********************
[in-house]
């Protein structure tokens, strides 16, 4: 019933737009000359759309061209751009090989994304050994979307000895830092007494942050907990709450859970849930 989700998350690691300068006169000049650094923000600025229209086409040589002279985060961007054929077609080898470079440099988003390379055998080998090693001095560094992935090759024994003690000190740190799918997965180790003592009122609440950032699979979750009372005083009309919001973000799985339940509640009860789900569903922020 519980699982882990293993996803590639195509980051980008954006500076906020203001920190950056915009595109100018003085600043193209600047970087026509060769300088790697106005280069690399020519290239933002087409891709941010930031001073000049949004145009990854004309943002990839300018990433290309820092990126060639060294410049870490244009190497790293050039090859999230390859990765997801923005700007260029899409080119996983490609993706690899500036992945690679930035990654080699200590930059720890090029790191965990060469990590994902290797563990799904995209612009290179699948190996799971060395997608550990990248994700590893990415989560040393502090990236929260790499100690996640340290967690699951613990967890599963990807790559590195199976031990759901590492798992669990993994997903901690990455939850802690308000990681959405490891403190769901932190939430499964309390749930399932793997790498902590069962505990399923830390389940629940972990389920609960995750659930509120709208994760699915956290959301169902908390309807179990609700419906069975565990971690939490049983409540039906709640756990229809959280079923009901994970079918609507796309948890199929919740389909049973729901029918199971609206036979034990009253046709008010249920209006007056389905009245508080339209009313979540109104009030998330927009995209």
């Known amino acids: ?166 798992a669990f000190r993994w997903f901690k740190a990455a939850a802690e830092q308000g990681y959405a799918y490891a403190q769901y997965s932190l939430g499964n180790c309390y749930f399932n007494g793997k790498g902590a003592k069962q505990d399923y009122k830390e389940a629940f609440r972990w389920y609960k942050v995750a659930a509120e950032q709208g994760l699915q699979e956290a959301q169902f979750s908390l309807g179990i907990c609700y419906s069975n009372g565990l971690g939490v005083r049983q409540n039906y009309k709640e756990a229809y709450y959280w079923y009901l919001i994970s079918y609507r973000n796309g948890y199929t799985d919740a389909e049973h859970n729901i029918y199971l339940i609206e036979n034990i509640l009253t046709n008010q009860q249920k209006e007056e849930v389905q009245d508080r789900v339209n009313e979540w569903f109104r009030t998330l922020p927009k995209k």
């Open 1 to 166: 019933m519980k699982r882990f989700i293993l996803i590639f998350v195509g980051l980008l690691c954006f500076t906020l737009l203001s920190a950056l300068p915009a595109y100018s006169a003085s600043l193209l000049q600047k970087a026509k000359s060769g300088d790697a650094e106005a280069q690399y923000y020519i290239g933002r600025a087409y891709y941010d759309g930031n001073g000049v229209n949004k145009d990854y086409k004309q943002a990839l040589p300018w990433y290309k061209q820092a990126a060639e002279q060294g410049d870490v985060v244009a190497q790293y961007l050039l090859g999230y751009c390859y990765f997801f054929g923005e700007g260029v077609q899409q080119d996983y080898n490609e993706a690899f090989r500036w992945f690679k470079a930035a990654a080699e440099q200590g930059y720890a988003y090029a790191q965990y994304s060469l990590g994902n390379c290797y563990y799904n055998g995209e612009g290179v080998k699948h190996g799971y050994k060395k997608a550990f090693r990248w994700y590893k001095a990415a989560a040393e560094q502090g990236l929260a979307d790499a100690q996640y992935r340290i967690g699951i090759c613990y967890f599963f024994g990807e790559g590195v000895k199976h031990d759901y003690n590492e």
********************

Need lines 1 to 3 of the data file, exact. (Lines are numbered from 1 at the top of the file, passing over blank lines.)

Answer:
[in-house]
């Protein structure tokens, strides 16, 4: 019933737009000359759309061209751009090989994304050994979307000895830092007494942050907990709450859970849930 989700998350690691300068006169000049650094923000600025229209086409040589002279985060961007054929077609080898470079440099988003390379055998080998090693001095560094992935090759024994003690000190740190799918997965180790003592009122609440950032699979979750009372005083009309919001973000799985339940509640009860789900569903922020 519980699982882990293993996803590639195509980051980008954006500076906020203001920190950056915009595109100018003085600043193209600047970087026509060769300088790697106005280069690399020519290239933002087409891709941010930031001073000049949004145009990854004309943002990839300018990433290309820092990126060639060294410049870490244009190497790293050039090859999230390859990765997801923005700007260029899409080119996983490609993706690899500036992945690679930035990654080699200590930059720890090029790191965990060469990590994902290797563990799904995209612009290179699948190996799971060395997608550990990248994700590893990415989560040393502090990236929260790499100690996640340290967690699951613990967890599963990807790559590195199976031990759901590492798992669990993994997903901690990455939850802690308000990681959405490891403190769901932190939430499964309390749930399932793997790498902590069962505990399923830390389940629940972990389920609960995750659930509120709208994760699915956290959301169902908390309807179990609700419906069975565990971690939490049983409540039906709640756990229809959280079923009901994970079918609507796309948890199929919740389909049973729901029918199971609206036979034990009253046709008010249920209006007056389905009245508080339209009313979540109104009030998330927009995209």
């Known amino acids: ?166 798992a669990f000190r993994w997903f901690k740190a990455a939850a802690e830092q308000g990681y959405a799918y490891a403190q769901y997965s932190l939430g499964n180790c309390y749930f399932n007494g793997k790498g902590a003592k069962q505990d399923y009122k830390e389940a629940f609440r972990w389920y609960k942050v995750a659930a509120e950032q709208g994760l699915q699979e956290a959301q169902f979750s908390l309807g179990i907990c609700y419906s069975n009372g565990l971690g939490v005083r049983q409540n039906y009309k709640e756990a229809y709450y959280w079923y009901l919001i994970s079918y609507r973000n796309g948890y199929t799985d919740a389909e049973h859970n729901i029918y199971l339940i609206e036979n034990i509640l009253t046709n008010q009860q249920k209006e007056e849930v389905q009245d508080r789900v339209n009313e979540w569903f109104r009030t998330l922020p927009k995209k």